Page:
This article is part of a series of policy briefs on gender equality published by Women Deliver, a leading global advocate for girls’ and women’s health, rights and wellbeing. This piece also appears in our gender policy newsfeed.
In spite of substantial advances in maternal and newborn health over recent decades, roughly 300,000 girls and women still die due to pregnancy related complications every year.
The major causes of maternal death include severe bleeding, infection, pre-eclampsia and eclampsia, complications from delivery and unsafe abortion. Combined, these causes account for roughly 73% of all maternal deaths.
However, causes of maternal mortality and morbidity are becoming increasingly diverse, taking into account the effect of non-communicable diseases, as well as environmental and demographic shifts — these diverse needs require responsive policy and care. Weak health systems also contribute to maternal mortality rates, particularly wherever facilities lack essential medical supplies and equipment or basic services such as reliable, accessible water and sanitation.
Nonetheless, there is widespread evidence and agreement within the global community on what needs to be done to prevent these deaths and improve the health and wellbeing of women and babies.
The interventions discussed in this policy brief not only address the leading causes of maternal and newborn death, but they also explore overall health and wellbeing, encompassing adequate nutrition and the prevention and treatment of maternal injuries.
Clinical interventions and health services need to be delivered across a continuum of care — before, during pregnancy and after pregnancy. Holistic women-centered interventions are not only aimed at preventing the leading causes of maternal and newborn deaths, but look to improve the overall health of women and infants.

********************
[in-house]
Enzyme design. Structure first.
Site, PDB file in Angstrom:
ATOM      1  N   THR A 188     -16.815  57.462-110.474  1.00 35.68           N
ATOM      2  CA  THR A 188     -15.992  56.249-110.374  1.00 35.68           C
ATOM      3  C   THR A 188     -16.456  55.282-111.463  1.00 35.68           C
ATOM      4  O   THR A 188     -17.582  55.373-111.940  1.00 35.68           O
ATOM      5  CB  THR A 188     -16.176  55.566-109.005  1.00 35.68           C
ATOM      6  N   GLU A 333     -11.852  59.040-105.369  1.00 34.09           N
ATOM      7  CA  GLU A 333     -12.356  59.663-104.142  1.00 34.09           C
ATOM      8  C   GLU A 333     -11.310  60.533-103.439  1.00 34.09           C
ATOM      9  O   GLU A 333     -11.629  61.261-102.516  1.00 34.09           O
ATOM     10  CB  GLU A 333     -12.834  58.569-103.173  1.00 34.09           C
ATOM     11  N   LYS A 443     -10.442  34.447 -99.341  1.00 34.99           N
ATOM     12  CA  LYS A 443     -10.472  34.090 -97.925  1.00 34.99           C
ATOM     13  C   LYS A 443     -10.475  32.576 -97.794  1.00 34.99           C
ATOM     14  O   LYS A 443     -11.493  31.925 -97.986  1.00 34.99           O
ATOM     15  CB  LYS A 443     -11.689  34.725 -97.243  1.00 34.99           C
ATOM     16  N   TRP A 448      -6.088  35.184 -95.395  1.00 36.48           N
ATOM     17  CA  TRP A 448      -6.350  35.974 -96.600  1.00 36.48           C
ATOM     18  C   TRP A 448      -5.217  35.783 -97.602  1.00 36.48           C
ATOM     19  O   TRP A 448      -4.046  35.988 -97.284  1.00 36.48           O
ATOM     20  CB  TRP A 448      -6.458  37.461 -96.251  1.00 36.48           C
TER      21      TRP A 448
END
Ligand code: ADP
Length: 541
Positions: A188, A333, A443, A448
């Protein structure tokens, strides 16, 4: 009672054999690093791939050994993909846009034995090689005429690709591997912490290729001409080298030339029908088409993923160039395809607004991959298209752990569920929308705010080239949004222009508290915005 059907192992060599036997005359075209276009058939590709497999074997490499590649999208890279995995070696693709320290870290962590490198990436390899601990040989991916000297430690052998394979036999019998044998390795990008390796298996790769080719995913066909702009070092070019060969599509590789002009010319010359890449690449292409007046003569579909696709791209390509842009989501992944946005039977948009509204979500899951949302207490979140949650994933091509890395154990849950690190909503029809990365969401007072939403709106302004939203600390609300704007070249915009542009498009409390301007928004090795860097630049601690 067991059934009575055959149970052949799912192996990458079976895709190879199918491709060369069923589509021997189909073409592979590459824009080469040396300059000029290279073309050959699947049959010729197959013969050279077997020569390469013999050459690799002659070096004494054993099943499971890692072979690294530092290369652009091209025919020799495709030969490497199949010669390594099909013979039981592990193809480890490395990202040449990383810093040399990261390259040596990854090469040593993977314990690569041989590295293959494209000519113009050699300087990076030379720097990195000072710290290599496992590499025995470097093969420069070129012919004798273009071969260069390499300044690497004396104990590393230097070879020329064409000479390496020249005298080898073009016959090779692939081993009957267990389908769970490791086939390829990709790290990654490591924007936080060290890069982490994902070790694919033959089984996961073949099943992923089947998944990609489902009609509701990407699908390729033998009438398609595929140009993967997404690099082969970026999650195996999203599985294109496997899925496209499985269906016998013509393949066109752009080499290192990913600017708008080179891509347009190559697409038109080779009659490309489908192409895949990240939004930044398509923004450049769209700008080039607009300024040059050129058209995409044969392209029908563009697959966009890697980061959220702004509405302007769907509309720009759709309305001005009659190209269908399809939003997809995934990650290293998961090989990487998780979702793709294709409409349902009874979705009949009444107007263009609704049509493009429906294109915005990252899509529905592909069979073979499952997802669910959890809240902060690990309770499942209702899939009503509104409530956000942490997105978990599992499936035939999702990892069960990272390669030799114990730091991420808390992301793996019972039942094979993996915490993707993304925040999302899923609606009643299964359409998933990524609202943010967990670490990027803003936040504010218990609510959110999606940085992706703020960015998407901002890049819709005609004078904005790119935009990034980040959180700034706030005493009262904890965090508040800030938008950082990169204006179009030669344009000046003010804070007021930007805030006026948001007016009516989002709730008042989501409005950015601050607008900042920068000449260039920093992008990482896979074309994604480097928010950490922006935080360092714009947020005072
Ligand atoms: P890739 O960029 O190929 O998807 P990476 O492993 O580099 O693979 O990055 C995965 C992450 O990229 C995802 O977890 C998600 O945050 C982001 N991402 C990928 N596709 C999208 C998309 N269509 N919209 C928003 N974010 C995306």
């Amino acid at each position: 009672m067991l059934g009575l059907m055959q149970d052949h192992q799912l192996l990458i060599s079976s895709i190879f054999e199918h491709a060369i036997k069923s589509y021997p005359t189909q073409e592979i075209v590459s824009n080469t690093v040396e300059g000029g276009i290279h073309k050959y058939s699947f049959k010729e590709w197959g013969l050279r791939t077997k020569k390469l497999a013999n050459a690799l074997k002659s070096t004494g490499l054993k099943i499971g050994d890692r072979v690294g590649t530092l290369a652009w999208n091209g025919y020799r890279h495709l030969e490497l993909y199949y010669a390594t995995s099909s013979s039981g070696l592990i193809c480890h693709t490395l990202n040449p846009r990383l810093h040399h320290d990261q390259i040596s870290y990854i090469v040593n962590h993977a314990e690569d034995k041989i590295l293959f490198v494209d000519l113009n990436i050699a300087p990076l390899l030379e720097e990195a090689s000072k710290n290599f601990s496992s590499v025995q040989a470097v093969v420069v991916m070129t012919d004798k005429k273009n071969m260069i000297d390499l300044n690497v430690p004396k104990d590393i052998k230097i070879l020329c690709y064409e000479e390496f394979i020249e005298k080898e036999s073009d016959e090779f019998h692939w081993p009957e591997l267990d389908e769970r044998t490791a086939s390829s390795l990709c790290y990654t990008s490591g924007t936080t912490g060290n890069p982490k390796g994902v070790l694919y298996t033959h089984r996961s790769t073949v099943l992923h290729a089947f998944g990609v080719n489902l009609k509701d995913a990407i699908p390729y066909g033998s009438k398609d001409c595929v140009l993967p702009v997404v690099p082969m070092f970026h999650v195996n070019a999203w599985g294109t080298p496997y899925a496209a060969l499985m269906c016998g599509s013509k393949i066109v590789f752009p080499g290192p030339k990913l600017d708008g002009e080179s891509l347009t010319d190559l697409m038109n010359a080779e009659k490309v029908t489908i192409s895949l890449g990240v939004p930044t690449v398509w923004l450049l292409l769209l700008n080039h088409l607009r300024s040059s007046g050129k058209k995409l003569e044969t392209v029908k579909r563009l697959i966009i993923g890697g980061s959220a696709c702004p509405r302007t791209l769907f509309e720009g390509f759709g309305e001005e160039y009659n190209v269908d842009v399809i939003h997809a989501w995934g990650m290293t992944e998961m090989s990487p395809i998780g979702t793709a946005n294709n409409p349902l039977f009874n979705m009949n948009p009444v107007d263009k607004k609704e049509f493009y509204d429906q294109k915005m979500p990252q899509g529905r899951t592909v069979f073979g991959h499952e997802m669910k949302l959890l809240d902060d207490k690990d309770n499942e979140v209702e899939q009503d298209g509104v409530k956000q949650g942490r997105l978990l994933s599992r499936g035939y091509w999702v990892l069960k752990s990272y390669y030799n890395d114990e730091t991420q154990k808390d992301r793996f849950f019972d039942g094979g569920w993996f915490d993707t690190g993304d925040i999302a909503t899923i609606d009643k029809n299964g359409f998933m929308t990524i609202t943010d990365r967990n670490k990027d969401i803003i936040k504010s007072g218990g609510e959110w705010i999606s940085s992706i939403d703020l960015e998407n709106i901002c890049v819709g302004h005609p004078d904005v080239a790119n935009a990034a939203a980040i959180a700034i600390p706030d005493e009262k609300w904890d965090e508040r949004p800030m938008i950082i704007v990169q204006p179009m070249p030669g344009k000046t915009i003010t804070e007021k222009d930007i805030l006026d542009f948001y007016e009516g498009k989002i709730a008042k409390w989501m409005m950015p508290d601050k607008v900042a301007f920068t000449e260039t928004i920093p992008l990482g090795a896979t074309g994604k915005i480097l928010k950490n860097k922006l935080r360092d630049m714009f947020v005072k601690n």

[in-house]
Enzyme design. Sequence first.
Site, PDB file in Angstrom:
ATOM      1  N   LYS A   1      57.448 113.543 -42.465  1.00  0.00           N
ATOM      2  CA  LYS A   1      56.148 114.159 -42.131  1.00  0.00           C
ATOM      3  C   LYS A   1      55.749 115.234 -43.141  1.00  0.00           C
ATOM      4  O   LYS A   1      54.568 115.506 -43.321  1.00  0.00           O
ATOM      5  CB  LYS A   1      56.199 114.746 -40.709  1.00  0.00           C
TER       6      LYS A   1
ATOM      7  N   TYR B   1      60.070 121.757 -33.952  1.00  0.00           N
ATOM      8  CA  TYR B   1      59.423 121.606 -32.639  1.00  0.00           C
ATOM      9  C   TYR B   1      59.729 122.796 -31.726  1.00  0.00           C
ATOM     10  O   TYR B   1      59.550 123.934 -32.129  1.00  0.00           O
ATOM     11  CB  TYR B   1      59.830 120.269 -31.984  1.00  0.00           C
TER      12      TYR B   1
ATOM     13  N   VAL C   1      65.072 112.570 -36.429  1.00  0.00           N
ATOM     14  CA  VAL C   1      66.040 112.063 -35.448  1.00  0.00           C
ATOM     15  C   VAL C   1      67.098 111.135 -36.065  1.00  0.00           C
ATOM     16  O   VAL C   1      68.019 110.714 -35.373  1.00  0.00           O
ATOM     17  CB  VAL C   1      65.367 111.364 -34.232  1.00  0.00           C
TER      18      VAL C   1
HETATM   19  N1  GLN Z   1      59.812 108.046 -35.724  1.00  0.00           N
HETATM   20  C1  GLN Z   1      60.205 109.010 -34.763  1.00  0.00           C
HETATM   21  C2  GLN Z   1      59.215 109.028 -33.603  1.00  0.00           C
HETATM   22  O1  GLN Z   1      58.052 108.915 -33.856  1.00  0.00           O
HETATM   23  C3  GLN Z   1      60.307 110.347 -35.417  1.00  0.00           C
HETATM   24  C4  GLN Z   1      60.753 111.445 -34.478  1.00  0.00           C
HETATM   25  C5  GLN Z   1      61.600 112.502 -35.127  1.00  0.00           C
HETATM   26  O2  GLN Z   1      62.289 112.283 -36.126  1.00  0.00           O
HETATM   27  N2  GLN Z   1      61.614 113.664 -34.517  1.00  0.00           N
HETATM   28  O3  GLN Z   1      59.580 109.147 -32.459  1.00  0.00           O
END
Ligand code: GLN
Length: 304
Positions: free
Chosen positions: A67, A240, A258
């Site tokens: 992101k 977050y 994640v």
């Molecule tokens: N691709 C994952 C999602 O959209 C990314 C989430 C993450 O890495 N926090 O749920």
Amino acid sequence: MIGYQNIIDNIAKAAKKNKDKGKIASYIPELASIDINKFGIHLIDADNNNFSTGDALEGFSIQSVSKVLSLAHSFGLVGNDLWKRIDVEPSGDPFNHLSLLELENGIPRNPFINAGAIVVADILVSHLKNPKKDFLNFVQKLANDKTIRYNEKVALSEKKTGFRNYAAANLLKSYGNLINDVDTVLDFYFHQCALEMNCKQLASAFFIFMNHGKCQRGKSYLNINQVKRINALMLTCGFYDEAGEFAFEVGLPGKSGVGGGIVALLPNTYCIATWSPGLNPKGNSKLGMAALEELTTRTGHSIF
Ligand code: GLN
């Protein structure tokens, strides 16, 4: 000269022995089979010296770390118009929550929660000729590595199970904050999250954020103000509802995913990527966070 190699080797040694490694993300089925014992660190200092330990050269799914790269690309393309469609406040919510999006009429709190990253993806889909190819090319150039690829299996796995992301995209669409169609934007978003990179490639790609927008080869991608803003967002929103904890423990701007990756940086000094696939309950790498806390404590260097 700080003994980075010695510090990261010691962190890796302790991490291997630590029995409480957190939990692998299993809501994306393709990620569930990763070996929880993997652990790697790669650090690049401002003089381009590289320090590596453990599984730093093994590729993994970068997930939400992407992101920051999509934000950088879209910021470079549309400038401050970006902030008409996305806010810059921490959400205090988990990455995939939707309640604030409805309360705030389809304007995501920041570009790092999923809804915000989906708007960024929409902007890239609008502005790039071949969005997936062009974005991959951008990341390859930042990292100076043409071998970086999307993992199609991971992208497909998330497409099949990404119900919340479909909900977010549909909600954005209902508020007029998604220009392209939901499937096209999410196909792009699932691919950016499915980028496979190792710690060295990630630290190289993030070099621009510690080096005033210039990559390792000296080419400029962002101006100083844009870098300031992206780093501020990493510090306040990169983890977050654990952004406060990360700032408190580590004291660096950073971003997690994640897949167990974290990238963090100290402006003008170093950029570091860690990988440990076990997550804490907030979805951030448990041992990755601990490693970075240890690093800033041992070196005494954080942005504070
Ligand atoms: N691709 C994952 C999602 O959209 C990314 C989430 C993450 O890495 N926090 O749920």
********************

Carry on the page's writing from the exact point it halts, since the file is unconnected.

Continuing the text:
For example, good nutrition is essential for physical growth, mental development, performance, productivity, health and wellbeing across the entire lifespan, making nutrition a sound investment for any country.
For the continuum of care to have a significant impact on maternal and newborn health, it must also include access to the necessary facilities, medicines, supplies, equipment and skilled health providers. Improved care for women during pregnancy plays a decisive role in reducing newborn and infant mortality rates, as well as low-birth weight and stillbirths. A health system that is ready to deliver for women, when women are ready to deliver, is key.
And, if all girls and women had access to modern contraception and the full range of maternal and newborn health services, maternal death would drop roughly 73%, and newborn deaths would be reduced by about 80%.
Investments in maternal, newborn and reproductive health are sound investments for countries everywhere. They not only save lives, but also increase social and economic benefits for developing nations. Every dollar spent globally on interventions promoting contraception and high-quality maternal and newborn health care would reap $120 in benefits.
Given the important role girls and women play in contributing to national and global economies, ensuring they are healthy makes them more likely to save, invest and deliver better for themselves, their families, communities and societies. Conversely, poor health outcomes, resulting from maternal death, disability and inadequate nutrition, adversely affect the economy and slash family earnings.
Read the full version of the brief for more facts, solutions, case studies and policy recommendations.
(Picture credit: Flickr/World Bank)